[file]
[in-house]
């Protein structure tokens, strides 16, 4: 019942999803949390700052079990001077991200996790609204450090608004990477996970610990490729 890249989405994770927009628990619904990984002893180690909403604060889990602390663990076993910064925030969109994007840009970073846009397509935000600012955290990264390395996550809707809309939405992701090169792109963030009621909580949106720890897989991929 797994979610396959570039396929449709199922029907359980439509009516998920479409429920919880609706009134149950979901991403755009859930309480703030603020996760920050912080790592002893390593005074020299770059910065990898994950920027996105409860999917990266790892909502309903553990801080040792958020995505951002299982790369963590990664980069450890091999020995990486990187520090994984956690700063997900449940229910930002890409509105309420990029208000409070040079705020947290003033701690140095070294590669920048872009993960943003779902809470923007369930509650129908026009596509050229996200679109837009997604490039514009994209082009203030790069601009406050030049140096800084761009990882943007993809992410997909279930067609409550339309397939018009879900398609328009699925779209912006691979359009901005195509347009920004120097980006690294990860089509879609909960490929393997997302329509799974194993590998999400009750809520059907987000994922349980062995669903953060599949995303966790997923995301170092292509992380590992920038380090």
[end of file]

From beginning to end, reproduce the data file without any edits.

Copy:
[in-house]
């Protein structure tokens, strides 16, 4: 019942999803949390700052079990001077991200996790609204450090608004990477996970610990490729 890249989405994770927009628990619904990984002893180690909403604060889990602390663990076993910064925030969109994007840009970073846009397509935000600012955290990264390395996550809707809309939405992701090169792109963030009621909580949106720890897989991929 797994979610396959570039396929449709199922029907359980439509009516998920479409429920919880609706009134149950979901991403755009859930309480703030603020996760920050912080790592002893390593005074020299770059910065990898994950920027996105409860999917990266790892909502309903553990801080040792958020995505951002299982790369963590990664980069450890091999020995990486990187520090994984956690700063997900449940229910930002890409509105309420990029208000409070040079705020947290003033701690140095070294590669920048872009993960943003779902809470923007369930509650129908026009596509050229996200679109837009997604490039514009994209082009203030790069601009406050030049140096800084761009990882943007993809992410997909279930067609409550339309397939018009879900398609328009699925779209912006691979359009901005195509347009920004120097980006690294990860089509879609909960490929393997997302329509799974194993590998999400009750809520059907987000994922349980062995669903953060599949995303966790997923995301170092292509992380590992920038380090």